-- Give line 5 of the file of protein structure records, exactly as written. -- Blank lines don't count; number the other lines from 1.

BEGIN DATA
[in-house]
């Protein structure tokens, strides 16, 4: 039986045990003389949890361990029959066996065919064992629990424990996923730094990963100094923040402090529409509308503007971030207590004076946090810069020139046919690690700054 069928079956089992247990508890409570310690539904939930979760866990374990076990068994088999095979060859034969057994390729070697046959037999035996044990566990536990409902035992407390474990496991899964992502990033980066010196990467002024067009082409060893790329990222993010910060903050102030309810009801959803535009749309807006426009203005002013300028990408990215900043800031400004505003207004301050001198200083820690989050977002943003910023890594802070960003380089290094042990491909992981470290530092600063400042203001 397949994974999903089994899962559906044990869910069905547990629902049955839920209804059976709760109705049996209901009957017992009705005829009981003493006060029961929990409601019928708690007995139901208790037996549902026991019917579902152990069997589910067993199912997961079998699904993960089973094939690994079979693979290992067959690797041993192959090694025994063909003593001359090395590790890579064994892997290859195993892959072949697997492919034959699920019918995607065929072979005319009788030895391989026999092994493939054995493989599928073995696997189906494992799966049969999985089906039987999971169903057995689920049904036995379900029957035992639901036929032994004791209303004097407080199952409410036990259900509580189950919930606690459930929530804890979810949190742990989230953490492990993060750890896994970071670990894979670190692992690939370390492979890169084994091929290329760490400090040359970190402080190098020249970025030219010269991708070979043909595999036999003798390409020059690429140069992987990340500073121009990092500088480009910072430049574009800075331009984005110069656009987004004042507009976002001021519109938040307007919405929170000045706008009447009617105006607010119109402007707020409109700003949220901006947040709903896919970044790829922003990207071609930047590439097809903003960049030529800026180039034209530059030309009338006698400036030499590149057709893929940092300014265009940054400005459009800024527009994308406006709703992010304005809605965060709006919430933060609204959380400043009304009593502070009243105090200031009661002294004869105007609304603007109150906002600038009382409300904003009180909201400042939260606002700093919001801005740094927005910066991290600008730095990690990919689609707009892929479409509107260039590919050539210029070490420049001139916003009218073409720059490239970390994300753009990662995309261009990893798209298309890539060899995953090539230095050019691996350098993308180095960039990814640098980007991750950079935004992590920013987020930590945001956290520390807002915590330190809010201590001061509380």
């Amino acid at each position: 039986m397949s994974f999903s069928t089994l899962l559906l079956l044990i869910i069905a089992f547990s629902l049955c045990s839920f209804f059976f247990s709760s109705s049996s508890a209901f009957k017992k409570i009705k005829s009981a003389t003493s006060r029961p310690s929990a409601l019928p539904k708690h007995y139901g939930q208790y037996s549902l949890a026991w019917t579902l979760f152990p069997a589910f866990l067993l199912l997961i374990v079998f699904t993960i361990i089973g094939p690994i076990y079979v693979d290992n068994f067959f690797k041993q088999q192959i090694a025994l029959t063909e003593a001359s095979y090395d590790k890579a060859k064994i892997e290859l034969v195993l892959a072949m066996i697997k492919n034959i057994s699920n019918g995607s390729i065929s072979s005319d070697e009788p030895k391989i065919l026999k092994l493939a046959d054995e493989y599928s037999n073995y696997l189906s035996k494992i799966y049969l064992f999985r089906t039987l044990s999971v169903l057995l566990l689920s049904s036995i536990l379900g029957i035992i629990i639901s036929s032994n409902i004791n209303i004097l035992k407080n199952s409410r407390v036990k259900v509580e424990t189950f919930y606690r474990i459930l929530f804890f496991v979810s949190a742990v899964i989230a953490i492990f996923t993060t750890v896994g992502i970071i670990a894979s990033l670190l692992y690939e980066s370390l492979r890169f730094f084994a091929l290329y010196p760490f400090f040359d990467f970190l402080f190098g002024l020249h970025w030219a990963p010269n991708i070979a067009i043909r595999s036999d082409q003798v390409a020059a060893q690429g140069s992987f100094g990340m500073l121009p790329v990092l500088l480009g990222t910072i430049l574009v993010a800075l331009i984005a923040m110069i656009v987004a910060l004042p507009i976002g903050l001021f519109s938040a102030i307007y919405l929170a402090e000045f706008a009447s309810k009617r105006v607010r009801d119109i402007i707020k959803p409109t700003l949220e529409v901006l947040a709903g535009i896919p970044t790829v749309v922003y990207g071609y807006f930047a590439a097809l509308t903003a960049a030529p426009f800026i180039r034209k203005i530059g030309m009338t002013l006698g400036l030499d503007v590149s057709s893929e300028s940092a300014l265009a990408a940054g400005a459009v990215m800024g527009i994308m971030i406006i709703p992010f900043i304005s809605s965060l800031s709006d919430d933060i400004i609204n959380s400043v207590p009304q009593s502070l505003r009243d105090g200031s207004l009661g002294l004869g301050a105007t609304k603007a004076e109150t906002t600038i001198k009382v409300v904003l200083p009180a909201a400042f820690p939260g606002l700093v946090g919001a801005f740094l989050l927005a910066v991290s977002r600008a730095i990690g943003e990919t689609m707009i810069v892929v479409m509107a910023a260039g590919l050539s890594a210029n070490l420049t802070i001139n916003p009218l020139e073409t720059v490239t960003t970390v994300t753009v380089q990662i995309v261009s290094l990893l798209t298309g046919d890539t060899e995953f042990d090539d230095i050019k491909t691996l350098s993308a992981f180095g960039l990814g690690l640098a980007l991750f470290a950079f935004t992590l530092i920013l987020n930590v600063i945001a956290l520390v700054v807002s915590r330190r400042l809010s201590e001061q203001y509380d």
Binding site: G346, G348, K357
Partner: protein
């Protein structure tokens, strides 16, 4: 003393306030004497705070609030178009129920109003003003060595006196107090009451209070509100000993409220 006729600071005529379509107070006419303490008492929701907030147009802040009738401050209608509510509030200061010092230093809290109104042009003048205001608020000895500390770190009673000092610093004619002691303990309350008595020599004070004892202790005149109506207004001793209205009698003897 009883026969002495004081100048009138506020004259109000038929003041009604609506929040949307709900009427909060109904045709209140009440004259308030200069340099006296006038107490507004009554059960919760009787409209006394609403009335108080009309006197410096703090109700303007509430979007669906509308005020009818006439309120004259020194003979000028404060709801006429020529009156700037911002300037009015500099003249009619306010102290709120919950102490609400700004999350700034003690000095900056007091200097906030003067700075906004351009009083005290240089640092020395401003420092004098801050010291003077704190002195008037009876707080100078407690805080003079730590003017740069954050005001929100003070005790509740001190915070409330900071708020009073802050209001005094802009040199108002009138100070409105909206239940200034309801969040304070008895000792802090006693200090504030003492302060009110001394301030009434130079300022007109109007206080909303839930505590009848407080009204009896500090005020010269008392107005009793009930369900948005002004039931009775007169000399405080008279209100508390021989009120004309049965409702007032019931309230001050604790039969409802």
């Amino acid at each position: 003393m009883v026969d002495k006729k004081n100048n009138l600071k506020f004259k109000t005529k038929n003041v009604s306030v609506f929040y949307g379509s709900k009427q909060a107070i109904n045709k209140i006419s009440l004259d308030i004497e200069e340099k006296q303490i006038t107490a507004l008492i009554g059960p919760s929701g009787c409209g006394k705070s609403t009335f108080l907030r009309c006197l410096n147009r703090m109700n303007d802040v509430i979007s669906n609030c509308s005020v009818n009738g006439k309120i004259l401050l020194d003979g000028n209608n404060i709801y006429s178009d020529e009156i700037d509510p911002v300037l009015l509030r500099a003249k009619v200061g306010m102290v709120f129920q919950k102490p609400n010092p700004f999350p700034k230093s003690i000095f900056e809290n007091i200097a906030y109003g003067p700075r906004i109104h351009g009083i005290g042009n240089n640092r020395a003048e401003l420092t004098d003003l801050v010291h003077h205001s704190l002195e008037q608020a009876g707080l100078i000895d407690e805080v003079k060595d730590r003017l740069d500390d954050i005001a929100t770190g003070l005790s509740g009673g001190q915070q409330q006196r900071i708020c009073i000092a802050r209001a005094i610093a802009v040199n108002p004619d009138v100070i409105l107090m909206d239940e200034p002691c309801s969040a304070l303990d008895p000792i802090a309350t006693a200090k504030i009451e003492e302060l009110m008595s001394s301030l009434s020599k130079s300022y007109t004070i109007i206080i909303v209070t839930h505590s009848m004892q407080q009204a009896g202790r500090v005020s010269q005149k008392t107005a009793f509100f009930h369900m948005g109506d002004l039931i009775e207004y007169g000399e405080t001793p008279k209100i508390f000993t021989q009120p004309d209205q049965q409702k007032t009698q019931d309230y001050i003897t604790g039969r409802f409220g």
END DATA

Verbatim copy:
Partner: protein